Investors take a plunge, to the bottom of the sea

Ever had that sinking feeling? To treasure hunter Henry Newrick, it can mean a fortune lying in wait. David Bowen reports y y

HENRY NEWRICK is an unlikely treasure hunter. He wears a sober suit, does not own a parrot and has the air of the solid New Zealand business publisher he is. But if Caribbean Marine Recovery, the company of which he is chairman, successfully dredges enough goodies from the seabed, he will become one of the big players in a fast-growing and exotic industry.

CMR hopes to raise up to pounds 6.5m when it floats on London's Alternative Investment Market next month. Its first task, as the world's first quoted treasure- hunting company, will be to raise wrecks around the islands of Antigua and Barbuda. The islands' government has given it a five-year concession, following three years' work during which the company identified 20 wreck sites. Early prospects include a pirate vessel, two Spanish naos (early galleons), an English slave ship and HMS Griffin - all sunk in the 17th or 18th centuries.

Although an archaeologist will be aboard the recovery vessel, investors will be interested in one thing only - the value of the wrecks and their cargo. One of the naos is believed to have been carrying gold and silver, while the slaver probably has gold that would have been used to pay chiefs in Africa. But, Mr Newrick points out, almost any artefact has some value - cannon balls would make excellent doorstops, he suggests.

The potential wealth lying at the bottom of the ocean is immense. The shallow waters of the Caribbean are particularly attractive. "There are 3,000 wrecks around the Bahamas and 700 around Cuba," Mr Newrick says. The trading routes of south-east Asia are also rich hunting grounds. The most valuable single wreck, the early 16th-century Flor de la Mar, is reputed to have a cargo worth between between $1bn (pounds 630m) and $9bn. It is somewhere on the seabed of the Straits of Malacca.

Before a salvage company can start looking for such treasures, it has to be given a concession by the government, which typically takes 25 per cent of whatever is raised. CMR is unusual in having a long concession, which is also why it is able to float. But the lifeblood of the industry is the wealthy individual investor. Henley-on-Thames-based Venture Capital Report, a marriage bureau for business angels and entrepreneurs, has been involved in four marine salvage schemes in the last year. Three are "non-treasure" - but VCR is also helping raise pounds 300,000-plus as part of a pounds 2m project to raise the Blessing of Burntisland. It sank in the Firth of Forth in 1633, while carrying the silver plate and other items for Charles I's coronation in Scotland. Investors are being invited to buy into the scheme with pounds 5,000 shares.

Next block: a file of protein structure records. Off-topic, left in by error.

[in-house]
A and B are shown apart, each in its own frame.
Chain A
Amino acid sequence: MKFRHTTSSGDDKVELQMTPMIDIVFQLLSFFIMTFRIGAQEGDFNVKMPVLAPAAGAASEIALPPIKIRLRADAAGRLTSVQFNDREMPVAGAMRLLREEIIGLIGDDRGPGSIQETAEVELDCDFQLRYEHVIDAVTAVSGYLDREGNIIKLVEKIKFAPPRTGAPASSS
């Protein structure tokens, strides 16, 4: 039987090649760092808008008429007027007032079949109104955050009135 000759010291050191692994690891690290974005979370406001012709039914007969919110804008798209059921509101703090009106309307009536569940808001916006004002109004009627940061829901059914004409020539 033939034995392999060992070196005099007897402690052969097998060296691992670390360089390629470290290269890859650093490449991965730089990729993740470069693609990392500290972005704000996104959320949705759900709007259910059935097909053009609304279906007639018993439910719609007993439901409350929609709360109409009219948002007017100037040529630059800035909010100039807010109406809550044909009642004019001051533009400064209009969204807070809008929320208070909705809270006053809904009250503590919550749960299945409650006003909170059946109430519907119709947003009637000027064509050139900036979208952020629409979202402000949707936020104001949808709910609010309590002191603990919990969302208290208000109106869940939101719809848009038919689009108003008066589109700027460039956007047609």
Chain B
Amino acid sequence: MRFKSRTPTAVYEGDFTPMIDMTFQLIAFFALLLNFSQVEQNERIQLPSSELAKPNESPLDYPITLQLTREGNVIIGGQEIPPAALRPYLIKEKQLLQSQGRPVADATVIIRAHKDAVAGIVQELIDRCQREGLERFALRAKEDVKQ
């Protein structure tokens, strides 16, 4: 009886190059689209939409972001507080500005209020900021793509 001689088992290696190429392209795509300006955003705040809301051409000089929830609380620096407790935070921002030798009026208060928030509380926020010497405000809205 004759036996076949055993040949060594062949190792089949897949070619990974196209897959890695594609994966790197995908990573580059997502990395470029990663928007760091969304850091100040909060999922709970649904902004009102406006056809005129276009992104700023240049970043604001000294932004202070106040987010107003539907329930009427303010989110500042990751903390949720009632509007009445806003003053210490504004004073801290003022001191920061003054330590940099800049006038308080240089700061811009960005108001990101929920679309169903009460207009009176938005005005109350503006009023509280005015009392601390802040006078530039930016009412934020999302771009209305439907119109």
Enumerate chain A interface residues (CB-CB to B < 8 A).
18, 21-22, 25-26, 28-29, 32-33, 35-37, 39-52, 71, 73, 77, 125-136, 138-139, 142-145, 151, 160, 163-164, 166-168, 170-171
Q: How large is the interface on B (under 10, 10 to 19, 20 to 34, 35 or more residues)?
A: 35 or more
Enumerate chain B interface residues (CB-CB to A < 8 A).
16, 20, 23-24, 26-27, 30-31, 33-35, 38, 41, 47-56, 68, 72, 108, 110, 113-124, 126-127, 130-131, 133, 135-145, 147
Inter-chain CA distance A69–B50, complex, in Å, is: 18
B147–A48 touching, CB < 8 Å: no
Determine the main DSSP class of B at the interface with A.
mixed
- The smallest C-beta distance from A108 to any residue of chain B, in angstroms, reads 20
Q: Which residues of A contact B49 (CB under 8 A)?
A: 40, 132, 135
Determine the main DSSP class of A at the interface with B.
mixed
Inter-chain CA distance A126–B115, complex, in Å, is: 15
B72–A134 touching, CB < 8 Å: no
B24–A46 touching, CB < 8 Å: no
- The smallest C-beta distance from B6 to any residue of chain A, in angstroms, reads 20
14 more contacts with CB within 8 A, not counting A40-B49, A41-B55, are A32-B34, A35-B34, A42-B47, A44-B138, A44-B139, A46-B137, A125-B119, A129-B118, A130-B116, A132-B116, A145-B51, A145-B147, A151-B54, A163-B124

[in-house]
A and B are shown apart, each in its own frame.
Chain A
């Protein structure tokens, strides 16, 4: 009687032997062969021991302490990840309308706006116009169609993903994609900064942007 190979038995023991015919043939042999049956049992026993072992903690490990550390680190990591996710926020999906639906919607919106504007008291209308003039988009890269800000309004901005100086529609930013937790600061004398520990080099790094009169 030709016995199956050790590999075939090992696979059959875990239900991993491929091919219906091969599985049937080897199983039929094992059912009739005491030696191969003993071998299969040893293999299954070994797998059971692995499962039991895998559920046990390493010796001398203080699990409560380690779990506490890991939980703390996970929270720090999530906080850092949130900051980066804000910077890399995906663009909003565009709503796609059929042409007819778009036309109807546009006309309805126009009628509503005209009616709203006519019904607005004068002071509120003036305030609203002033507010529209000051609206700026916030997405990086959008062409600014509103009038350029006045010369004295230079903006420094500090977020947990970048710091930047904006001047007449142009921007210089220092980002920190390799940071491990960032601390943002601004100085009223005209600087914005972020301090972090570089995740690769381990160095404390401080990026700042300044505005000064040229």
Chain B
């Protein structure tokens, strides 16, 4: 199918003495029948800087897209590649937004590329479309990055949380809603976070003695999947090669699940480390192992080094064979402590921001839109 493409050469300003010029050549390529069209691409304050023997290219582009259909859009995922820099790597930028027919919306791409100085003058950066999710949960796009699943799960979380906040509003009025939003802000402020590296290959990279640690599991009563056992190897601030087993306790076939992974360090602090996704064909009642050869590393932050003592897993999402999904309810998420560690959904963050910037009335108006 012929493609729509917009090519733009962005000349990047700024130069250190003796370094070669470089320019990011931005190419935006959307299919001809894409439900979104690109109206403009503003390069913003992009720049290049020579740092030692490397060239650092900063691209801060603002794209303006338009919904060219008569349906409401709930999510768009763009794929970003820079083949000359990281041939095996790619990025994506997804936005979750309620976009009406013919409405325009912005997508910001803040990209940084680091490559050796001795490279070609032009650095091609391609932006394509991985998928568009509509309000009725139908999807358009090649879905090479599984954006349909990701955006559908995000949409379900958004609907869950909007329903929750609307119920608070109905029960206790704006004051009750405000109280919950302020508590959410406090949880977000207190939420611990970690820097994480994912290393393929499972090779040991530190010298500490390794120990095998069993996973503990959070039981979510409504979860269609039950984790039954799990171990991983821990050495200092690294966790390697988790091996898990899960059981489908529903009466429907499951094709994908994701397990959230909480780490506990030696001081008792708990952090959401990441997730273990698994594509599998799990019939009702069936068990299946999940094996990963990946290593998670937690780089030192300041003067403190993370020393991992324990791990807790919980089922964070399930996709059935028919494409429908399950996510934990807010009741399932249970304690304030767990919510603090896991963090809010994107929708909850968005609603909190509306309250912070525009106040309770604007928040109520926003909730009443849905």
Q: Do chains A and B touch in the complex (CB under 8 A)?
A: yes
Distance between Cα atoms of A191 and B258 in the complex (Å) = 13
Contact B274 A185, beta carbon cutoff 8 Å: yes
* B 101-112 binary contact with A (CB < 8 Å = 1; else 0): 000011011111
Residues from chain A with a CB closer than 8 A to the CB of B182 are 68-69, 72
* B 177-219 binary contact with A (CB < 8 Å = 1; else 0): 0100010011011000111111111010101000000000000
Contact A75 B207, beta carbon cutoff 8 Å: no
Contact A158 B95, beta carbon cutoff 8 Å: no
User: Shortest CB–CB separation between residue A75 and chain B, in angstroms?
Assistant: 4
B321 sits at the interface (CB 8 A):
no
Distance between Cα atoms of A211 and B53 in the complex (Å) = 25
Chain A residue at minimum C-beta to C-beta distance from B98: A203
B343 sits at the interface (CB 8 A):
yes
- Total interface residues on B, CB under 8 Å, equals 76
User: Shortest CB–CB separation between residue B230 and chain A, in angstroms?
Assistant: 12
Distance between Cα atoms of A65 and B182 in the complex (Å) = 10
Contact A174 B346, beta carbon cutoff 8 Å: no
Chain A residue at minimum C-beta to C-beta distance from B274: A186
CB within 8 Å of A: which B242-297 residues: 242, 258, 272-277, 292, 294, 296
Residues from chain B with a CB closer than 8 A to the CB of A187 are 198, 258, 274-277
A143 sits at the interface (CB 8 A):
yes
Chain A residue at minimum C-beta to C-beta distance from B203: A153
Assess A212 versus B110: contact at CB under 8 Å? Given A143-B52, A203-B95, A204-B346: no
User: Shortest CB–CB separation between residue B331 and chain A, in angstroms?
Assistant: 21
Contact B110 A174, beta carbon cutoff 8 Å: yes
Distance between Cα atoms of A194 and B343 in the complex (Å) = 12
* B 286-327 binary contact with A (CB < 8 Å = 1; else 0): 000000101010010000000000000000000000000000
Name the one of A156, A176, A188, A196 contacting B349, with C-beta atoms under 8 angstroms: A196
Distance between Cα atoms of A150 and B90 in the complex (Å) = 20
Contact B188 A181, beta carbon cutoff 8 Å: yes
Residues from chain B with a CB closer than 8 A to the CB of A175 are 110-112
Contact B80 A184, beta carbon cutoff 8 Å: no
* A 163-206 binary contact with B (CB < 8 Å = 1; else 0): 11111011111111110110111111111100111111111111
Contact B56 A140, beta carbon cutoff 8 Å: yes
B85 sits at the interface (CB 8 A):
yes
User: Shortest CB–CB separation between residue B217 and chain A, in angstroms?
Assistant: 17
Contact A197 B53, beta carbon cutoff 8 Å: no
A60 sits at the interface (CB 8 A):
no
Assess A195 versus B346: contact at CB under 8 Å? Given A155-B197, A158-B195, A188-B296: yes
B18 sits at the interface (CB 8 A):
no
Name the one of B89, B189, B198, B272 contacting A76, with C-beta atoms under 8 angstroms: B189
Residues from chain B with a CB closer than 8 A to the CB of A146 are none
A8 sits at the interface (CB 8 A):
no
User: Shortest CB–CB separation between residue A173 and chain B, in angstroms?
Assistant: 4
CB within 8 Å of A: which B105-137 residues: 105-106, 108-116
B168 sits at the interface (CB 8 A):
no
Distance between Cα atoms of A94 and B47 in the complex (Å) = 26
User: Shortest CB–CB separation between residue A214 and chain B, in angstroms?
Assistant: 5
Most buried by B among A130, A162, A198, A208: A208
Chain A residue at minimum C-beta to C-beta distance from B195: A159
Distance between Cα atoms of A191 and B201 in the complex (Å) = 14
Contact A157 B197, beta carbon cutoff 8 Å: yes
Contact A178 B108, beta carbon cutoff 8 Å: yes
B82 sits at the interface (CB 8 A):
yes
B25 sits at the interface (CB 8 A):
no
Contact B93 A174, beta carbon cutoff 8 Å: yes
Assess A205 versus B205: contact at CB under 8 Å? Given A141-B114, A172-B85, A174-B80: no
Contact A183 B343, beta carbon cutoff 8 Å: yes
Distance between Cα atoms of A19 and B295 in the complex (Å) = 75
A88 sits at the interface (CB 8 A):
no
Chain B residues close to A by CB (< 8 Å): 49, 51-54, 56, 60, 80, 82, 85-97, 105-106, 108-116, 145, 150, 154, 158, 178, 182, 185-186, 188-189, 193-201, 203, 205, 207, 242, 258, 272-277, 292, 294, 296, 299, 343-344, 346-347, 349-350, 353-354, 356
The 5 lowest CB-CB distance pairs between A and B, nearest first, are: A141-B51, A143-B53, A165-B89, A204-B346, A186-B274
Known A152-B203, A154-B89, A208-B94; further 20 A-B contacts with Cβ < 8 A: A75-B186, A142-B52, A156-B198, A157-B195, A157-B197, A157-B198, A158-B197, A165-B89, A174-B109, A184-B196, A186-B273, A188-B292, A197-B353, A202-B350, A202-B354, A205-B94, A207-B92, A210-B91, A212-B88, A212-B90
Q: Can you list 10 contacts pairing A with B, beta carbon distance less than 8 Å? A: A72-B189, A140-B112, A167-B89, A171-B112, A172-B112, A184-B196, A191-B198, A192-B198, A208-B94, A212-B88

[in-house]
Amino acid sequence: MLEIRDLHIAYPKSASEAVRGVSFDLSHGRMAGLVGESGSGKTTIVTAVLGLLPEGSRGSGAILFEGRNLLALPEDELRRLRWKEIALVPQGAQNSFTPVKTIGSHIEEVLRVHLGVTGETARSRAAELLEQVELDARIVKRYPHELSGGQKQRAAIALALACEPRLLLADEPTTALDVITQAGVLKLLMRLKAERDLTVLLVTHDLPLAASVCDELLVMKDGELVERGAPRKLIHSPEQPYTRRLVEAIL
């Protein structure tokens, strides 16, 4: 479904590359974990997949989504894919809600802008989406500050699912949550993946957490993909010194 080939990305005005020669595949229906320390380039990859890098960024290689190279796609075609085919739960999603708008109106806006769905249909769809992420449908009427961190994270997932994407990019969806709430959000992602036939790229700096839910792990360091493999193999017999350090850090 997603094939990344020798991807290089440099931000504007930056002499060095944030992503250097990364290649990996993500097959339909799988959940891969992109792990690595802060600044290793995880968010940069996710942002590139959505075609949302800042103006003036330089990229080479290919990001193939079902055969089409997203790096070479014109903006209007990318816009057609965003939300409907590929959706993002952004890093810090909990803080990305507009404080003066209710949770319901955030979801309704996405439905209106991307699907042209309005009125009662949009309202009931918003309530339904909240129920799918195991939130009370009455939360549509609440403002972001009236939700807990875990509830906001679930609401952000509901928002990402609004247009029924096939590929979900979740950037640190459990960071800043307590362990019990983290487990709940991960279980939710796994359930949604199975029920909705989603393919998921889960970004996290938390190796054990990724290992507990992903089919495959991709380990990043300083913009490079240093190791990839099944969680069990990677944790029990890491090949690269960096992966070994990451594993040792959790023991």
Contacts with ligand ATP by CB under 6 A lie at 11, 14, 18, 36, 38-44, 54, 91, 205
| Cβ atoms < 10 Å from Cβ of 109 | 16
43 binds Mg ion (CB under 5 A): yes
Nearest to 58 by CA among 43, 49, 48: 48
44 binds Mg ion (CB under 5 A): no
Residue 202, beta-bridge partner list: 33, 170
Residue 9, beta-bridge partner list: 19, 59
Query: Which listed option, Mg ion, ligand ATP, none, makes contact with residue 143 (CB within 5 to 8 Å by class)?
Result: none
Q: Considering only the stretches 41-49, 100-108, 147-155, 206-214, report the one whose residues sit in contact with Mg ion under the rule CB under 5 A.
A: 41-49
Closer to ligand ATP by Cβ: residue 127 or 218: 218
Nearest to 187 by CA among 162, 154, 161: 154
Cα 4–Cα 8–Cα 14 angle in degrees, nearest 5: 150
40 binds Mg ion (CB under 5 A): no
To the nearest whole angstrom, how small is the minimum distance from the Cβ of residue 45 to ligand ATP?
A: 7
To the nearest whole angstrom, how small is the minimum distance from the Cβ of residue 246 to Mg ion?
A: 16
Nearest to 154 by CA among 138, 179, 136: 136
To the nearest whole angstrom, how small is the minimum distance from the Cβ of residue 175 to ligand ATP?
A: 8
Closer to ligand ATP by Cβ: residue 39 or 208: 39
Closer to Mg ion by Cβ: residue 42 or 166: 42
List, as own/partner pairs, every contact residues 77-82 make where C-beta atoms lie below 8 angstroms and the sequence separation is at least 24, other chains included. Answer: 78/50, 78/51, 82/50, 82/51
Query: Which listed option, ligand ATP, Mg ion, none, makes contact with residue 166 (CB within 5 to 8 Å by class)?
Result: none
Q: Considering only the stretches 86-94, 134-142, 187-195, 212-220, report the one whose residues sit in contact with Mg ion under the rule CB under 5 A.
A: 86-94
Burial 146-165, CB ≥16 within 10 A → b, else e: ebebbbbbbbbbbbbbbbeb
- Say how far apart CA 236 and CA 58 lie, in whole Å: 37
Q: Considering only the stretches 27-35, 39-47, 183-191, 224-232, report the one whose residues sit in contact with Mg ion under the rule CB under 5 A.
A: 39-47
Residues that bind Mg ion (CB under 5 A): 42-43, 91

They are also being told there is no guarantee of success. Salvage is a business that appeals to people who can afford to lose a few thousand, or even a hundred thousand. "Our investors have typically made their own money, and now want to invest in a high- risk, high-reward project," says James Mallinson, project director of VCR. "But unlike many businesses, the risks are pretty clear cut - and then there is the romance of treasure hunting."

There are many more stories of failure than success. In 1980, Mr Newrick raised pounds 500,000 to salvage HMS Lutine, the warship that sank off Holland in 1799 and triggered Lloyd's first payout (as well as giving it its famous bell). "One guy invested pounds 65,000," he says. "He said he didn't mind if he lost the money because he made 10 such investments a year, and needed only one to come off to make money." This was not his lucky investment. "We had the worst weather in 40 years, and we failed," Mr Newrick says.

But it is the stories of triumph that keep the money pouring in. Keith Jessop, a British diver, recovered pounds 40m of gold bullion from the cruiser HMS Edinburgh off the north Russian coast. He became a millionaire as a result.

In March this year, 24,000 pieces of Chinese porcelain were sold by Christies for pounds 2.2m. The porcelain was recovered from the wreck of the Diana, an East Indiaman that sank off the coast of Malaya in 1817. Dorian Ball, a Leicester-born South African, spent 800 days searching 28 miles of seabed to find it.

The chances of success are improving all the time, though, as technology develops. Jacques Cousteau's invention of the aqualung during the Second World War was critical. So was the development of sophisticated magnetometers, which can now even differentiate between different types of metal. Another invention, from about 1970, is the "mailbox", a machine that blasts a jet of water at the seabed to uncover remains.

Most of the wrecks now being investigated are in shallow coastal waters, but there is increasing interest in the deep oceans. The Portuguese government has given concessions for salvors to search around the Azores. "You're talking tens of millions for this sort of operation," Mr Newrick says. "They will be using robots and mini-submarines."

But the industry hangs out one big warning sign to potential investors. Treasure hunting is the modern equivalent of gold-prospecting, and thus has more than its share of conmen ready to play on the gullibility of those swept along by its romance. Many people have been impressed by a presentation and have decided to invest - only to find that the "salvors" then become as difficult to find as the treasure they had promised.

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